Where shared decision-making goes wrong

Those who are regular readers of my newsletter, will know that I am a strong supporter of shared decision-making in workplaces – where managers allow and encourage team members to make decisions about their work.

Such shared decision-making tends to encourage greater engagement and cooperation with change and more creative solutions to workplace challenges.

But having said that, there are also potential problems with this approach. Following are some of the common challenges, as well as some ideas on possible solutions:

Here team members need to be having an honest discussion with senior management about the need to match participation with authority to make certain decisions. If the buy-in of senior management is not there, managers can minimise frustrations if they make it clear that it is more a process of consultation they are going through. Managers can also make it obvious when they are running with ideas generated by team members.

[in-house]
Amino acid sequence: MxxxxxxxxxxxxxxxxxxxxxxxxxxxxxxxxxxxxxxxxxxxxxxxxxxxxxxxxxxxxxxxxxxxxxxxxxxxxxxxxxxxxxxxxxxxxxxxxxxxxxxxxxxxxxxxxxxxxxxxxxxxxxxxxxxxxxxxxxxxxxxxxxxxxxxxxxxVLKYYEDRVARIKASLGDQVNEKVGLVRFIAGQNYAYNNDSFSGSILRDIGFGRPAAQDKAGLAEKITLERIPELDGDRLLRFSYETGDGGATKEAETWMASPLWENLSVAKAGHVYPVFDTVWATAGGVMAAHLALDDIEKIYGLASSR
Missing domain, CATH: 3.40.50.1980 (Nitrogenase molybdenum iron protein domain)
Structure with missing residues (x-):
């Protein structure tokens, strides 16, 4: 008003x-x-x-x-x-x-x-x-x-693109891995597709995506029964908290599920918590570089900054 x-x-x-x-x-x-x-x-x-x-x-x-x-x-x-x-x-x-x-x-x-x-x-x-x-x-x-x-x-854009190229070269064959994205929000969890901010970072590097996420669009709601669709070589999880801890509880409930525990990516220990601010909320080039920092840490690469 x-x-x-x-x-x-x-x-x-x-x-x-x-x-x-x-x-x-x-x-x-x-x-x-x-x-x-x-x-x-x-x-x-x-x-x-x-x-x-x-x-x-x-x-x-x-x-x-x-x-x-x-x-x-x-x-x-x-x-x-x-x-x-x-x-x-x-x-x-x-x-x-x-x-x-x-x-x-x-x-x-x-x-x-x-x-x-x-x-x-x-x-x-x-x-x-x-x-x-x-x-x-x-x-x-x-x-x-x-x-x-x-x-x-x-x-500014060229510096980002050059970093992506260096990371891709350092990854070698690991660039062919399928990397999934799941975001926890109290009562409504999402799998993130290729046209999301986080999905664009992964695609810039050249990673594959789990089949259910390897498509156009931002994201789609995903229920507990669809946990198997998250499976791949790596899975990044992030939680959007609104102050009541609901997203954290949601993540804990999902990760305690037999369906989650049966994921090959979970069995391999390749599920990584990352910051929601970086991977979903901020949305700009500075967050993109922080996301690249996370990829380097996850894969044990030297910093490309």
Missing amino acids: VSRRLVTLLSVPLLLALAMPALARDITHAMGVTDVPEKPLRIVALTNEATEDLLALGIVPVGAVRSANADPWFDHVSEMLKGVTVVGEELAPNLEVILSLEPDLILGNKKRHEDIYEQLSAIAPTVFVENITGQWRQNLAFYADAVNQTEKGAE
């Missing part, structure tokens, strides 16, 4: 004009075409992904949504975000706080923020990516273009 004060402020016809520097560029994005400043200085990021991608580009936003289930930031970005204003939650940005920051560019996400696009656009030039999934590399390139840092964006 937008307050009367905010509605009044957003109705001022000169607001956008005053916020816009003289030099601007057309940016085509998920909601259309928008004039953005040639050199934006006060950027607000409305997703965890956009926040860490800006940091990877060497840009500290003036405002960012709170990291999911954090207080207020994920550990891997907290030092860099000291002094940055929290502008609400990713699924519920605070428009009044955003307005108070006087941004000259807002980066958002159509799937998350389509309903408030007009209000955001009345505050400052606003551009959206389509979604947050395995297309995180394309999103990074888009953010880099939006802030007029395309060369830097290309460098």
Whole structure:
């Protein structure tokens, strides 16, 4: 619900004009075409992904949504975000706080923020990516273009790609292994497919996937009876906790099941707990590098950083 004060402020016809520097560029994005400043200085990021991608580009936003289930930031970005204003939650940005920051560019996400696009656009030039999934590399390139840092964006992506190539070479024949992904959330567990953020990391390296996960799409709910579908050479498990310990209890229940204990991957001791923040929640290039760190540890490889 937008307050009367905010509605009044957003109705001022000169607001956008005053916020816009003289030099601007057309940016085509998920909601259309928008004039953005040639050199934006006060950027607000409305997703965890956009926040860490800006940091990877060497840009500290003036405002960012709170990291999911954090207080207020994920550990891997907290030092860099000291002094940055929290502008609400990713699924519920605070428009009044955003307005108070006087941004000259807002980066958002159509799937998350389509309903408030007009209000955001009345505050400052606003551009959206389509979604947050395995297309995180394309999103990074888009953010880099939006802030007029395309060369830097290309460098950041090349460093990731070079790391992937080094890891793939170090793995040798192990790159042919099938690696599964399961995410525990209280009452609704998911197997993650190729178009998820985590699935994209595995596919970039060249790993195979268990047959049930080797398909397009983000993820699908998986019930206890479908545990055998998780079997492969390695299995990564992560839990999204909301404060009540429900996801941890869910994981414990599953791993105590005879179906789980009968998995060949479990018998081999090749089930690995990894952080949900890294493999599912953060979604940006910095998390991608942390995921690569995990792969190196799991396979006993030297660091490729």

Consider agreeing on the ground rules for the meeting beforehand and having a strong chair to ensure people stay on track. Let your team know you genuinely value their contribution and that diverse opinions and ideas make for a stronger team and more creative solutions. Consider also making it easier for people to contribute – either through small group work or anonymous surveys.

Here your team needs to be clear about those areas in which flexibility can be shown (such as, the timing and how a workplace change is implemented) and those areas in which they cannot (the actual change itself or a particular policy).

Yes, shared decision-making does have its challenges. And it can be quite frustrating for speedy decision-makers and those managers who feel they need to stay in control. However, the rewards are there – creative solutions, a far more engaged team, and greater cooperation with change.


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